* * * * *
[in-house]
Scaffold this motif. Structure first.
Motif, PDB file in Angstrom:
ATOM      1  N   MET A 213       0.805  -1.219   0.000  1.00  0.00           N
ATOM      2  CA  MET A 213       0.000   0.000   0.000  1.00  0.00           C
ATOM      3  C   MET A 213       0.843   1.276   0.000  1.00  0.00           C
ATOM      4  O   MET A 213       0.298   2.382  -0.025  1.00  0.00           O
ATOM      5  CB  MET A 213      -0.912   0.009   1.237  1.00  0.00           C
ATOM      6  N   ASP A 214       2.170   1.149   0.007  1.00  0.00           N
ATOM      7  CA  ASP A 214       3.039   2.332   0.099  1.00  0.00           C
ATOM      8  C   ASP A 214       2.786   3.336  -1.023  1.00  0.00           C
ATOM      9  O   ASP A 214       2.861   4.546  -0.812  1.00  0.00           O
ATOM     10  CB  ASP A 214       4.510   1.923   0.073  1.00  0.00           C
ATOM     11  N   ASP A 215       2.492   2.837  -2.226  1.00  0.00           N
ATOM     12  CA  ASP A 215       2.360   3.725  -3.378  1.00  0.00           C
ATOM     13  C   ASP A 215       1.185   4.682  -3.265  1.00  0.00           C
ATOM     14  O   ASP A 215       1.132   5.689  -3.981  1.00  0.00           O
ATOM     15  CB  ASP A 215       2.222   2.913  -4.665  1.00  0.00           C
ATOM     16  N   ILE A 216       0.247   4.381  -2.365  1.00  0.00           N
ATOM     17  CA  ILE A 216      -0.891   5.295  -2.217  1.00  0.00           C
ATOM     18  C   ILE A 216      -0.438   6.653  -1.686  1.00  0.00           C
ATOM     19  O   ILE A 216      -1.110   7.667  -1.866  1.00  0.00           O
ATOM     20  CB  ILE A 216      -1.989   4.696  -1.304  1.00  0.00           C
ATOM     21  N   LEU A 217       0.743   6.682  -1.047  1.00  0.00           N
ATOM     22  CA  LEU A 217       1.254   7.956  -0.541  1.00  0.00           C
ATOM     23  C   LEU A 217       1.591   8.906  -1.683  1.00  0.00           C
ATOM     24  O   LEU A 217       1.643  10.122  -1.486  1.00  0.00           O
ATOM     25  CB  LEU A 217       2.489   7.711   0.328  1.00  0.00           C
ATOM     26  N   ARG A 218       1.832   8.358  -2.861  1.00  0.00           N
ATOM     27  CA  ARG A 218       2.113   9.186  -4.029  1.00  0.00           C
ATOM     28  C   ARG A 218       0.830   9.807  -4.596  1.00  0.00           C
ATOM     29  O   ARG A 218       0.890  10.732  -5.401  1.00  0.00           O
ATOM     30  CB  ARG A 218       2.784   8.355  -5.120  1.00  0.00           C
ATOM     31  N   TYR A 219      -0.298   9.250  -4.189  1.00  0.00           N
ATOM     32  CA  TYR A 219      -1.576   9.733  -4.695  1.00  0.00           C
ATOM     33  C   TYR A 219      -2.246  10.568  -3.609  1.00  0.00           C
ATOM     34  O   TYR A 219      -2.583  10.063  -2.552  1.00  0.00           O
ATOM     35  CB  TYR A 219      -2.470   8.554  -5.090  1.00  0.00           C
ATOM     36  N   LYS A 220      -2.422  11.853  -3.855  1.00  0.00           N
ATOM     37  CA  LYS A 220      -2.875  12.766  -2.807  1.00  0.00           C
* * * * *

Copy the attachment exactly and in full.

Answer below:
[in-house]
Scaffold this motif. Structure first.
Motif, PDB file in Angstrom:
ATOM      1  N   MET A 213       0.805  -1.219   0.000  1.00  0.00           N
ATOM      2  CA  MET A 213       0.000   0.000   0.000  1.00  0.00           C
ATOM      3  C   MET A 213       0.843   1.276   0.000  1.00  0.00           C
ATOM      4  O   MET A 213       0.298   2.382  -0.025  1.00  0.00           O
ATOM      5  CB  MET A 213      -0.912   0.009   1.237  1.00  0.00           C
ATOM      6  N   ASP A 214       2.170   1.149   0.007  1.00  0.00           N
ATOM      7  CA  ASP A 214       3.039   2.332   0.099  1.00  0.00           C
ATOM      8  C   ASP A 214       2.786   3.336  -1.023  1.00  0.00           C
ATOM      9  O   ASP A 214       2.861   4.546  -0.812  1.00  0.00           O
ATOM     10  CB  ASP A 214       4.510   1.923   0.073  1.00  0.00           C
ATOM     11  N   ASP A 215       2.492   2.837  -2.226  1.00  0.00           N
ATOM     12  CA  ASP A 215       2.360   3.725  -3.378  1.00  0.00           C
ATOM     13  C   ASP A 215       1.185   4.682  -3.265  1.00  0.00           C
ATOM     14  O   ASP A 215       1.132   5.689  -3.981  1.00  0.00           O
ATOM     15  CB  ASP A 215       2.222   2.913  -4.665  1.00  0.00           C
ATOM     16  N   ILE A 216       0.247   4.381  -2.365  1.00  0.00           N
ATOM     17  CA  ILE A 216      -0.891   5.295  -2.217  1.00  0.00           C
ATOM     18  C   ILE A 216      -0.438   6.653  -1.686  1.00  0.00           C
ATOM     19  O   ILE A 216      -1.110   7.667  -1.866  1.00  0.00           O
ATOM     20  CB  ILE A 216      -1.989   4.696  -1.304  1.00  0.00           C
ATOM     21  N   LEU A 217       0.743   6.682  -1.047  1.00  0.00           N
ATOM     22  CA  LEU A 217       1.254   7.956  -0.541  1.00  0.00           C
ATOM     23  C   LEU A 217       1.591   8.906  -1.683  1.00  0.00           C
ATOM     24  O   LEU A 217       1.643  10.122  -1.486  1.00  0.00           O
ATOM     25  CB  LEU A 217       2.489   7.711   0.328  1.00  0.00           C
ATOM     26  N   ARG A 218       1.832   8.358  -2.861  1.00  0.00           N
ATOM     27  CA  ARG A 218       2.113   9.186  -4.029  1.00  0.00           C
ATOM     28  C   ARG A 218       0.830   9.807  -4.596  1.00  0.00           C
ATOM     29  O   ARG A 218       0.890  10.732  -5.401  1.00  0.00           O
ATOM     30  CB  ARG A 218       2.784   8.355  -5.120  1.00  0.00           C
ATOM     31  N   TYR A 219      -0.298   9.250  -4.189  1.00  0.00           N
ATOM     32  CA  TYR A 219      -1.576   9.733  -4.695  1.00  0.00           C
ATOM     33  C   TYR A 219      -2.246  10.568  -3.609  1.00  0.00           C
ATOM     34  O   TYR A 219      -2.583  10.063  -2.552  1.00  0.00           O
ATOM     35  CB  TYR A 219      -2.470   8.554  -5.090  1.00  0.00           C
ATOM     36  N   LYS A 220      -2.422  11.853  -3.855  1.00  0.00           N
ATOM     37  CA  LYS A 220      -2.875  12.766  -2.807  1.00  0.00           C